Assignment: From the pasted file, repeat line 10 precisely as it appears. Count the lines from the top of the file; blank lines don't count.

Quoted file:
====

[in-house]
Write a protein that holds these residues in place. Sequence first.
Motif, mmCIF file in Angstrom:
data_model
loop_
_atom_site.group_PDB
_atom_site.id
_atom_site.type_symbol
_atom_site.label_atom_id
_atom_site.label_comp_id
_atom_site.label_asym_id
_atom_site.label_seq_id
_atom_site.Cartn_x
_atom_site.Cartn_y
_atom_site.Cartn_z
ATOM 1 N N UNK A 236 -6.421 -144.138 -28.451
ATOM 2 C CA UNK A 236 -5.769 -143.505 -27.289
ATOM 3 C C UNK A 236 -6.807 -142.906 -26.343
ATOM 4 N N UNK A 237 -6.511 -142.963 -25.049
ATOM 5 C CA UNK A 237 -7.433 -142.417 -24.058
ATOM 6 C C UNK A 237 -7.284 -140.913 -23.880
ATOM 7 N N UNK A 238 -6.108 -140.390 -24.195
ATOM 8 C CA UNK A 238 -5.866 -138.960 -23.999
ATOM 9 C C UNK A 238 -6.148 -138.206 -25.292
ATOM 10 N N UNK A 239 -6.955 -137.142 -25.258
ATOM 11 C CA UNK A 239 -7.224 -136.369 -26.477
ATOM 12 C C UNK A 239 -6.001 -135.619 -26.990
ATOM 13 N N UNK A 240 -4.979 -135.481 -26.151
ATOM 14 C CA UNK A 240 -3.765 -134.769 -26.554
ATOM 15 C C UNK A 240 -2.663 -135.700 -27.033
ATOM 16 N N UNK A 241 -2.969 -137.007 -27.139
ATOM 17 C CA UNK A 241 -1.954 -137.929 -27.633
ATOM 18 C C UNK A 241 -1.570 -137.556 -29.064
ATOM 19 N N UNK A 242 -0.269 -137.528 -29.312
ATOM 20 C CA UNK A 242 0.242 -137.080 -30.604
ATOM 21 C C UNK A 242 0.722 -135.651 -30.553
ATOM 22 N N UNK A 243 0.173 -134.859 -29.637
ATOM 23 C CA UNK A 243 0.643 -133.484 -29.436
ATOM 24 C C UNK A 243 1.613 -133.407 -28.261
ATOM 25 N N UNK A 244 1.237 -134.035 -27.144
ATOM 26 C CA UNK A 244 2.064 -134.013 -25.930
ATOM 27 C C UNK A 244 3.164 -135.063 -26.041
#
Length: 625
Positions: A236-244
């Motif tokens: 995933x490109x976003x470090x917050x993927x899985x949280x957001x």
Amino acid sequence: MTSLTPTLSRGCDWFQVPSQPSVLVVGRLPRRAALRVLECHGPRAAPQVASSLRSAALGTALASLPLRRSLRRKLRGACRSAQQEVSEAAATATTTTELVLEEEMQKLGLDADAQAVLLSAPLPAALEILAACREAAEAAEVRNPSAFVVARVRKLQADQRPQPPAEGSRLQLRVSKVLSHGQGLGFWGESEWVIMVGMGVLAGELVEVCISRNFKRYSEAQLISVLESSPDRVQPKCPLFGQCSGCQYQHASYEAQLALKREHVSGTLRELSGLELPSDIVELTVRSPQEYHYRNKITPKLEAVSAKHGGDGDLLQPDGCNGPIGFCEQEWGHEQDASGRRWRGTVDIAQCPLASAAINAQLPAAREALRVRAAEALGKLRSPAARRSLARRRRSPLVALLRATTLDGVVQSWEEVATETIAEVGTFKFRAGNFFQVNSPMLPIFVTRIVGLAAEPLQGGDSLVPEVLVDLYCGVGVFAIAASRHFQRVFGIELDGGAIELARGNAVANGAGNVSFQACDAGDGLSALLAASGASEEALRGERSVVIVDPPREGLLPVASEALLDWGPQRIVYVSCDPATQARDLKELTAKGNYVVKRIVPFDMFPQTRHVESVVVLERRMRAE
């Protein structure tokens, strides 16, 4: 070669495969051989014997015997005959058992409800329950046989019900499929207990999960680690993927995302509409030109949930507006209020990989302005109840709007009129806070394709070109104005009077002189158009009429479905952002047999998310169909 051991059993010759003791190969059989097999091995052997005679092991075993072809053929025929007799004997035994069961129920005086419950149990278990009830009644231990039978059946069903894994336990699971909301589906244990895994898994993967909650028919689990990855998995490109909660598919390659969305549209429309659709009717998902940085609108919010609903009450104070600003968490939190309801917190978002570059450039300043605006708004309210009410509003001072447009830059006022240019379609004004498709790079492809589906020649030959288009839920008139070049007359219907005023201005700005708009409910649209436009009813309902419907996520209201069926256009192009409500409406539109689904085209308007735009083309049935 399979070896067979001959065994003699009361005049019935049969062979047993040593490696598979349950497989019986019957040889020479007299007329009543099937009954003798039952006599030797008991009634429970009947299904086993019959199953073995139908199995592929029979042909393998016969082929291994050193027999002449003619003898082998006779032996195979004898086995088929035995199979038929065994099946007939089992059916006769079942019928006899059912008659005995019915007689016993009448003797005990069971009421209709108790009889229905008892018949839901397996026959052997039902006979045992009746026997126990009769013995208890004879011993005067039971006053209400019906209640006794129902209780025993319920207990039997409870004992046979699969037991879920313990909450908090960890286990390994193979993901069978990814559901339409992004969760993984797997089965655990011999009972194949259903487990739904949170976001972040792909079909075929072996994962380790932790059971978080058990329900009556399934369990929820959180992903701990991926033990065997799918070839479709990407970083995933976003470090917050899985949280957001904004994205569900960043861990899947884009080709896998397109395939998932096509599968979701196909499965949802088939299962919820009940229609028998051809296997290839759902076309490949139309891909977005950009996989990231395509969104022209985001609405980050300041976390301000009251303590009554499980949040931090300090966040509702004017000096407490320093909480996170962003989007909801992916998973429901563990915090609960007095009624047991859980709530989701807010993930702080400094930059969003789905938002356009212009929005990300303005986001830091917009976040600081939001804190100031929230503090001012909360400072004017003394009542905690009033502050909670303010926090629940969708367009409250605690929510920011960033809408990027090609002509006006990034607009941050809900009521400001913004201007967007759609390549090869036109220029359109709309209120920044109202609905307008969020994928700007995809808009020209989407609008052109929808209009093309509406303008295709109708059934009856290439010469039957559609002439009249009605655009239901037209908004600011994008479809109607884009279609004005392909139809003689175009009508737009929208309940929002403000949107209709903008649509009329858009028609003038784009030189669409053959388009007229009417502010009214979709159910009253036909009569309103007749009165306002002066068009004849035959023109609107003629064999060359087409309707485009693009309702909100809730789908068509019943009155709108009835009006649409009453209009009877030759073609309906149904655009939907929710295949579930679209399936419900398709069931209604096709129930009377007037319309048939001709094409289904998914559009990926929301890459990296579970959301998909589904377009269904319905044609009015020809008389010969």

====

_atom_site.label_comp_id